By Russ Daly
Special to the Farm Forum
If you read any articles about calving season, you’ve probably come across one stressing the importance of colostrum for a baby calf. I’m on that bandwagon too. Colostrum is likely the most important factor in ensuring the health of a calf in its first weeks of life.
What’s so great about colostrum? Well, antibodies are what’s great about colostrum. Antibodies are these miraculous molecules in an animal’s bloodstream, or body surfaces like the nose or gut, that latch onto potentially life-threatening germs, rendering them harmless. If it weren’t for antibodies, our animals would die from the most minor of infections.
Antibodies are the stars in Mother Nature’s early-life disease-protection protocol for cattle, sheep, horses, and pigs. In these animals, the antibodies from the mother don’t cross the placenta to circulate in the soon-to-be-born baby. The mother pumps these antibodies from her bloodstream into the milk she’s making, such that this first milk – colostrum – becomes loaded with them. There are some other differences between colostrum and regular milk, but antibodies are the most important.
Then, on the baby side, Mother Nature provides a 24-hour window of time after birth when those antibodies, once drank in the colostrum, can be sucked into the baby’s bloodstream right from the gut.
If both sides of this miraculous system work, we have a good start to a healthy young calf. Sometimes, however, there are problems. Malnourished or young cows may produce colostrum that’s short on antibodies or just plain scarce. Baby calves might not get up and nurse soon enough, especially if they’ve had a tough time being born or are otherwise weak or chilled. It’s difficult to tell just by looking if this antibody transfer is working. If calf health is good, it probably is. But if calf health is poor, it might not be.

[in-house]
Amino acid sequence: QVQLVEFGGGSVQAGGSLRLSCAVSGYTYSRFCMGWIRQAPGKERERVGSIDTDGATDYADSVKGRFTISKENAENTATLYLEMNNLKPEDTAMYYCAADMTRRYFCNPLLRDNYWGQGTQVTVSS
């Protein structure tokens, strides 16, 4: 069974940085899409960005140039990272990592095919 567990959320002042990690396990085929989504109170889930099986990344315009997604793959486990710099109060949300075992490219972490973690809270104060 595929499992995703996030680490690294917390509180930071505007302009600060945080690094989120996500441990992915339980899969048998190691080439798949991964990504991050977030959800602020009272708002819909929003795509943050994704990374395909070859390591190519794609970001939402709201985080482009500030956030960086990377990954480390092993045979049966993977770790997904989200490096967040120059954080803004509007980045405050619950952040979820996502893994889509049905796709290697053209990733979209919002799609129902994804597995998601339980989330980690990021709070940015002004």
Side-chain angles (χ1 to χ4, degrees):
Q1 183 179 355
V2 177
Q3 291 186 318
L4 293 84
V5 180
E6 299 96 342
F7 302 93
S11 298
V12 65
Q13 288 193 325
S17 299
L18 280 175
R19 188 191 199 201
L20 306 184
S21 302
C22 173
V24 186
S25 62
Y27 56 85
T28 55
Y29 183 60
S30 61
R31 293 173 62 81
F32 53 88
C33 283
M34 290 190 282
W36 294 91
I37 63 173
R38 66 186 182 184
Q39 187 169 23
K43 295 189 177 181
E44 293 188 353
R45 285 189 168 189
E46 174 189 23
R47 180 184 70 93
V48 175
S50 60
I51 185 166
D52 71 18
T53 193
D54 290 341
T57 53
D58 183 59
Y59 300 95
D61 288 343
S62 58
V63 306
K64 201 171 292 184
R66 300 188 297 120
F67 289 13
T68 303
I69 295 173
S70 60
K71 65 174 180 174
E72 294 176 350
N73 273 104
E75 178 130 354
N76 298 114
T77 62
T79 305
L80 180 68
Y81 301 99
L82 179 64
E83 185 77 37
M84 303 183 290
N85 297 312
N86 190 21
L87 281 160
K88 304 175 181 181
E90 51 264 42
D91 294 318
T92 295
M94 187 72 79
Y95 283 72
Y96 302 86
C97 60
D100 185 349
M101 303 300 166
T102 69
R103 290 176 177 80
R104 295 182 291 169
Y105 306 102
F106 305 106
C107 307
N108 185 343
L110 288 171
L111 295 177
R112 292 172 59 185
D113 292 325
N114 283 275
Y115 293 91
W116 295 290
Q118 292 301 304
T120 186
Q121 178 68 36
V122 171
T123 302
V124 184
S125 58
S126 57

Producers can turn to their veterinarians for help in determining whether poor colostrum production or consumption is a problem in a herd. While antibody levels in colostrum can be measured, it’s more efficient to determine whether sufficient antibodies got into the calf. We can do this by measuring protein levels in a blood sample.
Serum protein can be measured in a vet clinic with a refractometer. A drop of serum is placed on the instrument and the protein level determined by looking at a scale through an eyepiece. A sample could also be sent to a lab, where more sophisticated methods directly measure antibodies, but the simpler serum protein measurement works just as well.
Antibodies are proteins, so when they’re taken in through colostrum, they “top off” the normal level of protein in the calf’s blood. If total protein in a calf is down at the background level (less than 5 g/dl), we assume the calf didn’t get sufficient colostrum. If it’s above a certain level (5.5 g/dl), we’re more confident that it did. The best time to measure serum protein in a calf for this purpose is between 1 and 5 days of age. This gives the calf enough time to have absorbed what they’re going to absorb, yet is before their body starts making a lot of their own antibodies and other proteins.
Since this timing means it’s too late for a calf found with low protein to absorb more antibodies, the real use of these measurements is for the big picture, on groups of calves. Low average serum protein in a herd can spur caretakers to focus attention on baby calves’ nursing, or to tube calves right away with colostrum supplement or replacer. Longer-term, such testing can inform decisions on nutritional changes or pre-calving vaccination programs.
Serum protein levels are less useful when you’re trying to apply that information to the fate of an individual calf. A calf can be low on the scale, yet thrive and maintain its health, and a calf with good serum protein can still get sick and die. Although colostrum is important, a lot of other things affect calf health, too.
This calving season, if calf health issues crop up and persist, a good first step is to consider how well colostrum is being produced and consumed. Working with your veterinarian to test calves’ serum protein can provide some valuable information to use in ensuring healthy calves.
Russ Daly, DVM, is the Extension veterinarian at South Dakota State University. He can be reached via e-mail at [email protected] or at 605-688-5171.